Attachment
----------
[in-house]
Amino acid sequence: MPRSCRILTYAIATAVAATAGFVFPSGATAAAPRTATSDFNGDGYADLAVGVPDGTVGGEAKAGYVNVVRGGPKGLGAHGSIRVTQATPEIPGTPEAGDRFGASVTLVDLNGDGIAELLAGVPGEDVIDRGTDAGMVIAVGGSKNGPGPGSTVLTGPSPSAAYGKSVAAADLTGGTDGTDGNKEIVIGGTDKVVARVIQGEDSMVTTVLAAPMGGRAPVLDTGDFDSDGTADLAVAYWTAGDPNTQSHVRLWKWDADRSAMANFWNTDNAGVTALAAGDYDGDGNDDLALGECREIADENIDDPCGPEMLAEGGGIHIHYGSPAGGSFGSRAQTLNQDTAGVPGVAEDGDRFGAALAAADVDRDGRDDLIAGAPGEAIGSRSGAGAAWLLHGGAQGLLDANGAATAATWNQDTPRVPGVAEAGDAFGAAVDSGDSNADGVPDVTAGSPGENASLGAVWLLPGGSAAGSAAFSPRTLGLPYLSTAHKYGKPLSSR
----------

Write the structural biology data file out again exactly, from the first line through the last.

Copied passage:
[in-house]
Amino acid sequence: MPRSCRILTYAIATAVAATAGFVFPSGATAAAPRTATSDFNGDGYADLAVGVPDGTVGGEAKAGYVNVVRGGPKGLGAHGSIRVTQATPEIPGTPEAGDRFGASVTLVDLNGDGIAELLAGVPGEDVIDRGTDAGMVIAVGGSKNGPGPGSTVLTGPSPSAAYGKSVAAADLTGGTDGTDGNKEIVIGGTDKVVARVIQGEDSMVTTVLAAPMGGRAPVLDTGDFDSDGTADLAVAYWTAGDPNTQSHVRLWKWDADRSAMANFWNTDNAGVTALAAGDYDGDGNDDLALGECREIADENIDDPCGPEMLAEGGGIHIHYGSPAGGSFGSRAQTLNQDTAGVPGVAEDGDRFGAALAAADVDRDGRDDLIAGAPGEAIGSRSGAGAAWLLHGGAQGLLDANGAATAATWNQDTPRVPGVAEAGDAFGAAVDSGDSNADGVPDVTAGSPGENASLGAVWLLPGGSAAGSAAFSPRTLGLPYLSTAHKYGKPLSSR